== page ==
The beginnings of DNA research, by CY

            Since as far as the memory of the human race goes, people have been falling in love, forming families, and having children. This view upon human life generalizes the basic nature of humans and introduces the creation of new generations based on reproduction. Whether in person, in print, or on television, you have probably heard phrases similar too: “Oh she looks just like you, but she definitely has your husbands eyes!” being spoken after the birth of a new child. As many of us, including myself, can verify towards, children, more often than not, will share resemblances with their parents. I, personally, am fascinated by the intricacy and complexity of DNA, however, in most science textbooks that you read, the historical discovery of DNA is more often than not credited to one or two particular people, but in reality, many scientists contributed to this discovery. This blog entry provides a quick overview of the history and beginning of DNA research based on some of the information I’ve found.

            In the year of 1869, a Swiss physician by the name of Friedrich Meischer was the first to identify DNA after observing it in pus cells under a microscope. Because Meischer found the DNA within the nuclei of the cells, he decided to keep it simple and call it “nuclien”.

            It wasn’t until about 50 years later when more was discovered about DNA, or “nucleids”. Phoebus Levene was a Russian-American biochemist who specialized in the field of the structure and function of nucleic acids. He was the first to characterize the differences between DNA and RNA and discover that DNA was made up of adenine, guanine, thymine, cytosine, deoxyribose and a phosphate group.

            Technology was increasing during the nineteen hundreds, and there were more opportunities for scientists to explore and discover, hence discoveries began occurring much more frequently. By 1928, DNA had already been proved to carry genetic information.  This was discovered by Frederick Griffith who was a British scientist specializing in microbiology.

          More and more was being discovered about DNA and previous theories were being tested and revised. One such change was made towards Levene’s hypothesized structure of DNA. He thought the chain was short and the bases repeated in a fixed order, but in the year of 1937, William Astbury produced an x-ray diffraction of some DNA and proved Levene’s structure wrong.

          As mentioned before, technology was increasing, and these rapid discoveries and revisions can verify to the opportunities that technology brings to science, for just 6 years later (1943), Oswald Avery, Colin Macleod and Maclyn McCarty conducted the “Avery- Macleod- McCarty experiment”. This experiment proved DNA to be a transforming principal and DNA’s role in heredity was verified in 1952 in the Hershey-Chase experiment. This experiment was performed by Alfred Hershey and Martha Chase and showed DNA to be a form of genetic material.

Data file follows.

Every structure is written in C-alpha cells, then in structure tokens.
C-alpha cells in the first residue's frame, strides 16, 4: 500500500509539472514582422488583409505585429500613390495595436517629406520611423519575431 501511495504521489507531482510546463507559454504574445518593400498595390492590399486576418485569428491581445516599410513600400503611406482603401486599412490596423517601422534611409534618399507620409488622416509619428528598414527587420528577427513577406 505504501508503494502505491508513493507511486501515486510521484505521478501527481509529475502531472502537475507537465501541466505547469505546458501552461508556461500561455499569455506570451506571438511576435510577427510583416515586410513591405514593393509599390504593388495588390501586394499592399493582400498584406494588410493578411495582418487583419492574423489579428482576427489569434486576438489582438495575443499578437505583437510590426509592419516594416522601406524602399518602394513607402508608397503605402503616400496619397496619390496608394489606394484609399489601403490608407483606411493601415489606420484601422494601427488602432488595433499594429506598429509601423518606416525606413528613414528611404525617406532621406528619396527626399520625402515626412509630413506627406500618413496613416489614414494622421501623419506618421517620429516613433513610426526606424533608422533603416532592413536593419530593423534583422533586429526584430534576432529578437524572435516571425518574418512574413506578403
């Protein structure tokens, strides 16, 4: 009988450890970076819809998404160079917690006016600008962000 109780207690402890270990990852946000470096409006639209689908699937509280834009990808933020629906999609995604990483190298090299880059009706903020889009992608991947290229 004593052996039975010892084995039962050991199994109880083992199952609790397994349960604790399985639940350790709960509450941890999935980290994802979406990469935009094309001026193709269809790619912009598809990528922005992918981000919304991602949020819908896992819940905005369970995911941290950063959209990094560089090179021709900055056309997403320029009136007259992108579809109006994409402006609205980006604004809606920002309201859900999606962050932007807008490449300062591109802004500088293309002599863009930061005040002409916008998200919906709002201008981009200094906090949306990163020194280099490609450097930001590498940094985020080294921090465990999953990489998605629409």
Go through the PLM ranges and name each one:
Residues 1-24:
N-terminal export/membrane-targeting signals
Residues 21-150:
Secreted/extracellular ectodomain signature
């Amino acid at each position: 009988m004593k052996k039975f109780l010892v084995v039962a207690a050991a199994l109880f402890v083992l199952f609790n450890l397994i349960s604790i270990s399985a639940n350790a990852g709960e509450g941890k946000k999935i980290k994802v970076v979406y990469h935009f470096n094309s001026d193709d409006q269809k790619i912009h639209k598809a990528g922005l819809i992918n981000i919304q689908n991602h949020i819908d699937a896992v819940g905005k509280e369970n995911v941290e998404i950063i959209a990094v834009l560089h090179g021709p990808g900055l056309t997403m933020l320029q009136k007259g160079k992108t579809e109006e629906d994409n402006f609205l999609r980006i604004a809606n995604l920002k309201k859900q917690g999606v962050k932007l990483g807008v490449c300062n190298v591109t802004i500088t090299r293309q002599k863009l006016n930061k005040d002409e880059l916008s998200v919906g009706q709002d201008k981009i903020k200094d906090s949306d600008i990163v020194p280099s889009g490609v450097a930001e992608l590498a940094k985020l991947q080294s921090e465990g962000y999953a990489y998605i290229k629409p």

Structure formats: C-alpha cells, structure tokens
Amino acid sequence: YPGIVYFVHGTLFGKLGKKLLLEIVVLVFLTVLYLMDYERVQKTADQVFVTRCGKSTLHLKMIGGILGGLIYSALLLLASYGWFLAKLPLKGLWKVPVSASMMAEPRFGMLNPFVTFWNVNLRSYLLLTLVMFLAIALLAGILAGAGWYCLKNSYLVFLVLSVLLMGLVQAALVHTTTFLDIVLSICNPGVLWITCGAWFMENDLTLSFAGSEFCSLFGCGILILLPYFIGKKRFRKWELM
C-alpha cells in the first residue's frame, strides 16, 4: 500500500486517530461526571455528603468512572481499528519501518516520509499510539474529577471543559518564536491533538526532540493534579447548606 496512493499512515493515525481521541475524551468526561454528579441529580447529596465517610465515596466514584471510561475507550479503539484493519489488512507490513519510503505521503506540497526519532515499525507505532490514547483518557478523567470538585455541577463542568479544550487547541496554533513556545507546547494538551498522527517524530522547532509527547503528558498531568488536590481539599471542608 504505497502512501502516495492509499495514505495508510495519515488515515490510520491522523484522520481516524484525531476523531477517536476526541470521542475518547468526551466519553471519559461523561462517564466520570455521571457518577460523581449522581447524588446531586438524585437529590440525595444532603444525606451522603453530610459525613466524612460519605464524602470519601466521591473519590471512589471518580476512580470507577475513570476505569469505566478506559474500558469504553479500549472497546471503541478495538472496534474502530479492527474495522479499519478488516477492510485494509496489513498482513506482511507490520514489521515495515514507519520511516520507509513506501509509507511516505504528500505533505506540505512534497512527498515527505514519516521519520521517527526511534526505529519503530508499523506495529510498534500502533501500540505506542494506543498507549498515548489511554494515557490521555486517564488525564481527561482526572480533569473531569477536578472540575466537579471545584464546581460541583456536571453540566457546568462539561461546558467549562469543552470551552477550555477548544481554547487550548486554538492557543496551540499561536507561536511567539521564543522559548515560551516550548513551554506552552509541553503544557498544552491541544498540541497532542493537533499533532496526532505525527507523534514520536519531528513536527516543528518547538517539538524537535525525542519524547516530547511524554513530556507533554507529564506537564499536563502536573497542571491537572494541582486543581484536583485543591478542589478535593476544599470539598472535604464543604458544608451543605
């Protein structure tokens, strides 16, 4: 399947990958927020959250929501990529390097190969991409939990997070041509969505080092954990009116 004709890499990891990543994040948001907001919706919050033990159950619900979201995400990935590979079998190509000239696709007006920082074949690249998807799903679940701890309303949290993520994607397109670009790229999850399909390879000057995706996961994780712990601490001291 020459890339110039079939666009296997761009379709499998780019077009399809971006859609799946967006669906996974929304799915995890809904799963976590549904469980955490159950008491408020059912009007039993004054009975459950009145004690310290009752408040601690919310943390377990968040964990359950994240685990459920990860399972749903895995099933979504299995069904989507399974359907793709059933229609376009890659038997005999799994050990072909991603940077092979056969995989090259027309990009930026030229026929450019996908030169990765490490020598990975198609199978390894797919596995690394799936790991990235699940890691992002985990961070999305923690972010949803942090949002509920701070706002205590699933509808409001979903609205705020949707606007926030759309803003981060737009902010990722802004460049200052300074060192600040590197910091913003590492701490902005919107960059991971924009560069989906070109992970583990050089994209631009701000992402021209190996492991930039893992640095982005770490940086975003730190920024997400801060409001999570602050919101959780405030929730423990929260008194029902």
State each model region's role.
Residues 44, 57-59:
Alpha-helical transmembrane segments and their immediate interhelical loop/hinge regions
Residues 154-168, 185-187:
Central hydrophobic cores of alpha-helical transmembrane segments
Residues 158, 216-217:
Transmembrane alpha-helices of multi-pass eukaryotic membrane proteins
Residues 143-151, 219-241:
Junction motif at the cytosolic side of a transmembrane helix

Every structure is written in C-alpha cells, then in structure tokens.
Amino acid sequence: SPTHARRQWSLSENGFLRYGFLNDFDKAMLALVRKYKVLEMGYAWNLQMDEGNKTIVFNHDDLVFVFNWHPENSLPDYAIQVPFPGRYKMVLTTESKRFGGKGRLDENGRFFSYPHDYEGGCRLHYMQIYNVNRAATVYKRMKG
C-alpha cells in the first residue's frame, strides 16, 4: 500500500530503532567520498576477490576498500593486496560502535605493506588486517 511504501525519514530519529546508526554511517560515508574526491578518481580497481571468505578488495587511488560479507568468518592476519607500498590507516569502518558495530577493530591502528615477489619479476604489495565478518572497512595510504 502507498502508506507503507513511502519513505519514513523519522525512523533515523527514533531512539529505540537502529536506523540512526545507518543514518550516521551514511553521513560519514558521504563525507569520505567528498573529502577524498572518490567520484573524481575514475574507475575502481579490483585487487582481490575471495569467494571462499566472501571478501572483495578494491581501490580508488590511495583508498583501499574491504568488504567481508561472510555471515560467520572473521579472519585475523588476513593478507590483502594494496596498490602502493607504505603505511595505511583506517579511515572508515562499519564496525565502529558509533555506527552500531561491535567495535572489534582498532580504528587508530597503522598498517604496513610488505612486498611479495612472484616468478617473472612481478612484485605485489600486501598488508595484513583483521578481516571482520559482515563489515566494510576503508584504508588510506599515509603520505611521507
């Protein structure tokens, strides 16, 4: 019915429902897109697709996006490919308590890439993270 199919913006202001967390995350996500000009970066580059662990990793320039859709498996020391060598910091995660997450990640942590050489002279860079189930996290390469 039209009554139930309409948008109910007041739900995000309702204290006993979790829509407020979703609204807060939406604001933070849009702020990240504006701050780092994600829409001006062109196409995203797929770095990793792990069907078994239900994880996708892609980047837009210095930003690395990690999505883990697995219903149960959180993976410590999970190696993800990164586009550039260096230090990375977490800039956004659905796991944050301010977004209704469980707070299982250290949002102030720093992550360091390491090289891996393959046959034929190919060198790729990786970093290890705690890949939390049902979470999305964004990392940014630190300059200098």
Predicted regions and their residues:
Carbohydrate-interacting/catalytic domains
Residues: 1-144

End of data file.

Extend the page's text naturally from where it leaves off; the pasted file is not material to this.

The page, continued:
In 1953, James D. Watson and Francis Crick, American and English molecular Biologists, brought out the idea of DNA being structured in the form of a double helix model. This idea was published in the journal called Nature and was based upon an X-ray diffraction image taken by Rosalind Franklin and Raymond Gosling just a year before. Maurice Wilkins’ analysis of another experiment supported the double helix model of DNA as well. This discovery of the DNA structure won Watson, Crick and Wilkins a Nobel Prize in physiology.

          More experiments were still being done afterwards and Crick, as well as many other scientists, did further research to build upon expanding and learning the mechanisms of DNA. But, as for the details of how DNA functions, well, that can be saved for another time.

Dahm, R. (2008). The First Discovery of DNA. In American Scientist. Retrieved April 6, 2011, from

 undefined. (2010). What is DNA?. In DNA sequencing. Retrieved April 6, 2011, from

 Gregory, R. (April 13, 2007). The discovery of DNA. In Evolver zone Genomicron. Retrieved April 6, 2011, from



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